In issuing the first subpoena, the feds claimed they needed to raid Annie’s cookie jar to stop Carriles — who had snuck into the United States in 2005 using a fake passport — from obtaining the political asylum he was seeking. He claimed he would face certain persecution if he were returned to the Venezuelan prison. The United States was in a quandary. If the feds charged Carriles with crimes of terror — which would have been consistent with our global-war-on-terror rhetoric — he would have exposed the extent to which his many acts of political violence had been undertaken with U.S. connivance, support, or outright direction. But if the United States did nothing, it would expose the war on terror as a total sham. Given these choices, the federal government chose to go after Carriles on a technicality and charged him with a handful of immigration violations. That didn’t work. On May 8, 2007, a Texas judge tossed the government’s immigration case out on its ass, accusing the prosecution of engaging in “fraud, deceit, and trickery.” That ruling is a story unto itself, but the effect was to hand Carriles, now 79, a get-out-jail-free card.
It was during this trial that the Newark Grand Jury issued the second federal subpoena on Bardach, coincidentally on the anniversary of the Cuban airliner bombing. The government’s stated case — which it is not anxious to publicize — is that Bardach’s material is the only thing standing between a mad bomber and his freedom. Bardach isn’t buying it. In the first place, she argued, it’s bad business for reporters to be regarded as government snitches. It’s bad for everyone else, too. If potential sources with vital information about abuse of government power are afraid that reporters might have to turn them in, who’s going to talk? Already, most readers regard the media as “a lapdog, not a watchdog,” Bardach argued in legal papers filed against her first subpoena. No good can come from making a bad situation worse.
She also contends the government already has more than enough information to nail Carriles to the wall. To prevail in court, the government must demonstrate Bardach has information central to its case and that this information cannot be obtained anywhere else. But she and her attorney point out that the government has 45 years of FBI and CIA field notes on Carriles, eight hours of taped interviews conducted by the government in the course of its immigration investigation, taped conversations turned over to the FBI by the Cuban government, and a host of detailed and incriminating government documents recently released by the National Security Archive.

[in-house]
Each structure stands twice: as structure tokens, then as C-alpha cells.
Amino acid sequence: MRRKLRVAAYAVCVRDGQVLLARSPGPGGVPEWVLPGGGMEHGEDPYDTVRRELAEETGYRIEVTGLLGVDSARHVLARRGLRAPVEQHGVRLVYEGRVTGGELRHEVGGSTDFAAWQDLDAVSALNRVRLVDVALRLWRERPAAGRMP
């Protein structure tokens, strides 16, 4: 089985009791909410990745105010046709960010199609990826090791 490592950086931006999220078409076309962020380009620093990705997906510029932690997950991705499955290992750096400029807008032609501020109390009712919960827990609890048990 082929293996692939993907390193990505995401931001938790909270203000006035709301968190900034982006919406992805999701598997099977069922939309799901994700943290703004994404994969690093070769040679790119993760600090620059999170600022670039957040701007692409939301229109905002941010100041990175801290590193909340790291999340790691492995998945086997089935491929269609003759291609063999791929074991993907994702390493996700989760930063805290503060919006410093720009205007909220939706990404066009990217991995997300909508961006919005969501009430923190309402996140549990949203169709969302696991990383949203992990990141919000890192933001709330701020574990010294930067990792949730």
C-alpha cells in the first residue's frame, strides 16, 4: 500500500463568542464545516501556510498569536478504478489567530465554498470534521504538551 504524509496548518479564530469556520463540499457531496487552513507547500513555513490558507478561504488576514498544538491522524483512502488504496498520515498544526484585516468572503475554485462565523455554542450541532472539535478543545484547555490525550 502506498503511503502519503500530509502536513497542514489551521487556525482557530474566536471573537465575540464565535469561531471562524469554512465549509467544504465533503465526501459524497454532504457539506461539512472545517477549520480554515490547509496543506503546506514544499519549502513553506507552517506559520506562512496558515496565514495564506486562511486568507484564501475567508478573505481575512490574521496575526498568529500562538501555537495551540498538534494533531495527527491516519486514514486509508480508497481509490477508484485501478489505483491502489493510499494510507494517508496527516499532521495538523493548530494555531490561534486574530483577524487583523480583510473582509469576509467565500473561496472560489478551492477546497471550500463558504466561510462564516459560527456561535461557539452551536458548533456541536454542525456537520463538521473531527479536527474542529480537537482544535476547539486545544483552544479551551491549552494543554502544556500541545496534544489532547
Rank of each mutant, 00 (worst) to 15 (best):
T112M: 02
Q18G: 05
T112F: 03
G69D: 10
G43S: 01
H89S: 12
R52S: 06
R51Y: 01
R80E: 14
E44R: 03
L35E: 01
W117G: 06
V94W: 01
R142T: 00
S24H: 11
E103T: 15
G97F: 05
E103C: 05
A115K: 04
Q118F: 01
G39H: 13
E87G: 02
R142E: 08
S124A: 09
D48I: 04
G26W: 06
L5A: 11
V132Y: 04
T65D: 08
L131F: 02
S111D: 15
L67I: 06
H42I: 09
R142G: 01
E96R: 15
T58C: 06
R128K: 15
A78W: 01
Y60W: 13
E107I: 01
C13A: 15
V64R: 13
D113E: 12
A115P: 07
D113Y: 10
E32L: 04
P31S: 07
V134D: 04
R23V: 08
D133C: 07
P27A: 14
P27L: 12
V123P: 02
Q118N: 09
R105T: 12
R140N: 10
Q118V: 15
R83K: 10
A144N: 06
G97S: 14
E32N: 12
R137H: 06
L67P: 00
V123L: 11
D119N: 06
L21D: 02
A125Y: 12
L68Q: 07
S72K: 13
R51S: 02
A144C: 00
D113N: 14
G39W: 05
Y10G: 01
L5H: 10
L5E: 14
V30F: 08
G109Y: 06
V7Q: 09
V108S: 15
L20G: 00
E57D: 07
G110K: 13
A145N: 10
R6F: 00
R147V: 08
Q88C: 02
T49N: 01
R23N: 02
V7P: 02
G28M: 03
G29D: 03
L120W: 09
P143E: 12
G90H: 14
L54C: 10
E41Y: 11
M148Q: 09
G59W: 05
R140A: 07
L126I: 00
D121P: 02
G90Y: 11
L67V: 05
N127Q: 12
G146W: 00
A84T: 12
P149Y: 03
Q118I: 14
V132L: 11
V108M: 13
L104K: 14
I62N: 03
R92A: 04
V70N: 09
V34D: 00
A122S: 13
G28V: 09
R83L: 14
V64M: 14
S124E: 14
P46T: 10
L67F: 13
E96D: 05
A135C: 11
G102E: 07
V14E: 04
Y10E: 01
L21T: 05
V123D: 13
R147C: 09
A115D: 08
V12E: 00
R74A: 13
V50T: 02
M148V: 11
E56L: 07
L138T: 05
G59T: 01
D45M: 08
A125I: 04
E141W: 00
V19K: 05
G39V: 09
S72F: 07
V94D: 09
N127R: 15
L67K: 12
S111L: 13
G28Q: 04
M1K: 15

And then there’s Bardach’s favorite: Until 2003, the FBI’s Miami bureau maintained an ongoing investigation on Carriles, who reportedly slipped in and out of town at will. But that year, the U.S. Attorney in Miami — a prominent Cuban-American named Marcos Jimenez — mysteriously declared the Carriles case closed, and ordered five boxes of documents destroyed. Jimenez explained it was a routine house-cleaning procedure, but since when do law enforcement agencies abandon investigations of people who boast to reporters — as Carriles did to Bardach in 1998 — of his recent bombing exploits? In that interview, Carriles acknowledged with some regret how, on occasion, innocent bystanders got killed, but then added, “I sleep like a baby.”
Presumably, the FBI files might have contained incriminating information detailing the support Carriles had received from Miami’s politically connected Cuban crowd. It’s worth noting that Jimenez’s brother Frank served three-and-a-half years as legal advisor to Florida Governor Jeb Bush. And George W. Bush himself recognized this service — and everything the Jimenez brothers might have done to ensure he won Florida’s now infamous presidential recount in 2000 — by appointing Frank to a high-level post at HUD (Housing and Urban Development). Of all her exploits, Bardach is most proud of exposing the destruction of the FBI’s case files on Carriles. And most angry. “You don’t get to destroy your own documents and then come after mine,” she declared. “It doesn’t work that way.”
Bardach’s attorney Tom Julin speculated the feds are going after Bardach precisely because they know she’ll put up a fight. As he sees it, the feds can’t afford to go after Carriles because of what he knows and what he might say. But because of the administration’s so-called war on terror, the feds can’t afford to give him a pass either. The best solution, he said, is to orchestrate an impasse. “What better way to gum up the works,” he asked, “than to create a controversy with a reporter over sources?”
For the moment, Bardach is taking delight in Alberto Gonzales’s political meltdown. “He seems a little indisposed right now,” she said with a hearty chuckle. She’s also been invited to testify before one of the many Congressional panels the new Democratic majority is using to investigate, embarrass, and harass the Bush administration. At some point, she’s expected to detail what she knows about Carriles and how his FBI files so conveniently came to be destroyed. In the meantime, Bardach is raising hell about the hellaciously high water rates charged by the Carpinteria Valley Water District. And she’s still nursing that summer cold she picked up this spring.
In the meantime, when the phone rings in your house late at night, ask not for whom the bell tolls; pick it up and say hi. It’s probably Annie Bardach with a hot tip.